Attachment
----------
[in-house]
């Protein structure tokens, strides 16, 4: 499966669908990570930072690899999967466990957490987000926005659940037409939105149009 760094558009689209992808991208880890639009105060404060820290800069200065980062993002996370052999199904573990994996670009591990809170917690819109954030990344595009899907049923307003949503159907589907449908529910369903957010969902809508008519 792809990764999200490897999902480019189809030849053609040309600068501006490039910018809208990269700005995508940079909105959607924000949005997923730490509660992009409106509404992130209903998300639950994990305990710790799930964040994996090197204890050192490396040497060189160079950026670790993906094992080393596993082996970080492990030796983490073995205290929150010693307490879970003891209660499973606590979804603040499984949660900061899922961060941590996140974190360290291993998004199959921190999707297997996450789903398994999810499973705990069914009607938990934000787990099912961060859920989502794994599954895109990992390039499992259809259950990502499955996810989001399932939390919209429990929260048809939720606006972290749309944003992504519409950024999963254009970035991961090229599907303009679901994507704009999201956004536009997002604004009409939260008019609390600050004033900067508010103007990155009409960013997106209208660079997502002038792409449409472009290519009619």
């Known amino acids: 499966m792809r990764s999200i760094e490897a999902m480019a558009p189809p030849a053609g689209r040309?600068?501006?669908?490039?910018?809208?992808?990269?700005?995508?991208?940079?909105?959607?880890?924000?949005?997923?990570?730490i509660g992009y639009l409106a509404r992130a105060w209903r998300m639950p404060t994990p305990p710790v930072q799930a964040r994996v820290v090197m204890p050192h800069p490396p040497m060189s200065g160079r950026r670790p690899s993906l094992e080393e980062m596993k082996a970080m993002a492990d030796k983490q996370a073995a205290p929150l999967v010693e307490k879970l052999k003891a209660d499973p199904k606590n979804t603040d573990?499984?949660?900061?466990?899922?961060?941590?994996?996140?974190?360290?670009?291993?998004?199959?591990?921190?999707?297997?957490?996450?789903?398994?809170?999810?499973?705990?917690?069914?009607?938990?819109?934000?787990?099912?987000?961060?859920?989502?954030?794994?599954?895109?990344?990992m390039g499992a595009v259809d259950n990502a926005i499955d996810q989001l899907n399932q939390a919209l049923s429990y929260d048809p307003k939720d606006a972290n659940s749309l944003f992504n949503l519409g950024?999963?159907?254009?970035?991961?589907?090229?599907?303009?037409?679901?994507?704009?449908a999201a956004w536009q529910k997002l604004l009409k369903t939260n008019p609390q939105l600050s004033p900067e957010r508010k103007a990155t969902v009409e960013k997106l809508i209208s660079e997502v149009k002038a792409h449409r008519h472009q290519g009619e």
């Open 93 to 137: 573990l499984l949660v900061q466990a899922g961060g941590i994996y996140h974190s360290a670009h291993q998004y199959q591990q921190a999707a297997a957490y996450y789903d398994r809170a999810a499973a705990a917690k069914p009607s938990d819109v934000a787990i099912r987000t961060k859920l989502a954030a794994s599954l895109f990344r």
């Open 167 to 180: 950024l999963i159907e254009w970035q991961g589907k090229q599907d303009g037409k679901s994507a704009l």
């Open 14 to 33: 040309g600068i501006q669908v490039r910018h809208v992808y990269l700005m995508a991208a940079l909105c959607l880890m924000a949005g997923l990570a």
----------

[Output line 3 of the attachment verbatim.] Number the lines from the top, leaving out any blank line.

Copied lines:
């Known amino acids: 499966m792809r990764s999200i760094e490897a999902m480019a558009p189809p030849a053609g689209r040309?600068?501006?669908?490039?910018?809208?992808?990269?700005?995508?991208?940079?909105?959607?880890?924000?949005?997923?990570?730490i509660g992009y639009l409106a509404r992130a105060w209903r998300m639950p404060t994990p305990p710790v930072q799930a964040r994996v820290v090197m204890p050192h800069p490396p040497m060189s200065g160079r950026r670790p690899s993906l094992e080393e980062m596993k082996a970080m993002a492990d030796k983490q996370a073995a205290p929150l999967v010693e307490k879970l052999k003891a209660d499973p199904k606590n979804t603040d573990?499984?949660?900061?466990?899922?961060?941590?994996?996140?974190?360290?670009?291993?998004?199959?591990?921190?999707?297997?957490?996450?789903?398994?809170?999810?499973?705990?917690?069914?009607?938990?819109?934000?787990?099912?987000?961060?859920?989502?954030?794994?599954?895109?990344?990992m390039g499992a595009v259809d259950n990502a926005i499955d996810q989001l899907n399932q939390a919209l049923s429990y929260d048809p307003k939720d606006a972290n659940s749309l944003f992504n949503l519409g950024?999963?159907?254009?970035?991961?589907?090229?599907?303009?037409?679901?994507?704009?449908a999201a956004w536009q529910k997002l604004l009409k369903t939260n008019p609390q939105l600050s004033p900067e957010r508010k103007a990155t969902v009409e960013k997106l809508i209208s660079e997502v149009k002038a792409h449409r008519h472009q290519g009619e």